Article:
“They’re the gold standard,” Bailey said.

At the same time, given worldwide shortages of N95 masks for much of this year, county leaders have felt compelled to limit N95 use by medics — a rate that stands at 80 to 100 a day. Such rationing has taken place with as many as 60 calls a day to suspected coronavirus patients, involving up to a half-dozen paramedics and firefighters getting close to patients.

Montgomery also leads the state in covid-19 deaths. More than 531 of its residents have died, and approximately 10,291 have caught the virus. Montgomery coronavirus patients who have called 911 over the past two months have had contact with approximately 1,020 paramedics and firefighters — or more than three-quarters of the county’s career paramedics and firefighters, according to county data.

Bailey said that by issuing protection guidance beyond the use of N95 masks, fire officials have kept the infection rate among their front-line workers relatively low.

During 911 calls, suspected coronavirus patients are asked to meet first responders outside if possible. The medics arrive wearing surgical masks, eye protection and gloves — staying at least six feet away as they begin asking questions. They place surgical masks on the patients when practical.

Any of a series of symptoms reported by patients, including fever, cough, shortness of breath, colds, nausea, diarrhea and loss of taste or smell, dictate that medics step into a protective gown.

Even then, and even in the back of a cramped ambulance, medics are to hold off on upgrading to an N95 mask unless they perform high-risk, aerosol-producing procedures, such as administering oxygen, suctioning fluids and squeeze-bag resuscitation.

Despite the rationing, county officials saw their reserve supply of 3M-branded N95 masks — fit-tested, reserved for firefighters and ready to use — drop from 10,000 to 1,440 over the past two months.

County officials in recent weeks have greatly replenished their supply of N95 masks — with a delivery several days ago bringing their total inventory close to 2 million, said Earl Stoddard, the county’s emergency management director.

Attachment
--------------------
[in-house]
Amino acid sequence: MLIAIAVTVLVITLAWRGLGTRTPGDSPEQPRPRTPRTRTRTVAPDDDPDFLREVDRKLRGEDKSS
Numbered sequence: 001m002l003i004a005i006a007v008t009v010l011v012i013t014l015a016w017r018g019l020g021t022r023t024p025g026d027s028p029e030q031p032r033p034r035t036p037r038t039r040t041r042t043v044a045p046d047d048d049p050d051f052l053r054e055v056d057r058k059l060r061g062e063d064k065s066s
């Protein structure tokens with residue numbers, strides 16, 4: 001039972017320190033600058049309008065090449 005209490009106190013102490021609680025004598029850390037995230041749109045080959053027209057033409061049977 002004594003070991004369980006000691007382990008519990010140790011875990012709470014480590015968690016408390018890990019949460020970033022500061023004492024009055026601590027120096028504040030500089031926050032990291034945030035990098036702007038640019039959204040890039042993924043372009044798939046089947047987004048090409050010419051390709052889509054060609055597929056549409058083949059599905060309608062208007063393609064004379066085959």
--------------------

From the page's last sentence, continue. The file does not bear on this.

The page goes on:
But that stockpile, he said, is reserved for a range of workers — from those at nursing homes, assisted-care facilities and physicians’ offices to police officers, correctional officers and paramedics. As the masks are used, Stoddard said, he wants to replenish the stockpile to maintain at least 2 million — especially as Montgomery County opens back up this summer and faces the lingering threat of a sudden rise in cases this fall. Stoddard said the inventory also serves as a backup for county hospitals.

Fire officials say their allotment of new N95 masks, which still must be fit-tested for their front-line workers, will give them enough masks to last well into the summer. They indicated they have no plans to change the rules for when they are to be worn.

In late January, as the threat of the coronavirus surfaced and Stoddard sought to bring in more N95 masks, the worldwide shortage became acutely clear.

“It’s not for lack of money,” he said several weeks later. “We can’t buy it.”

By mid-April, Montgomery’s Fire and Rescue Service had about 4,200 fit-tested N95 masks on hand, according to figures kept by Stoddard. The agency had an additional 15,000 N95 masks on hand, but they were a different brand that had not been fit-tested for use. And officials wanted to keep much of the N95 stock in case they were overwhelmed by a rise in cases.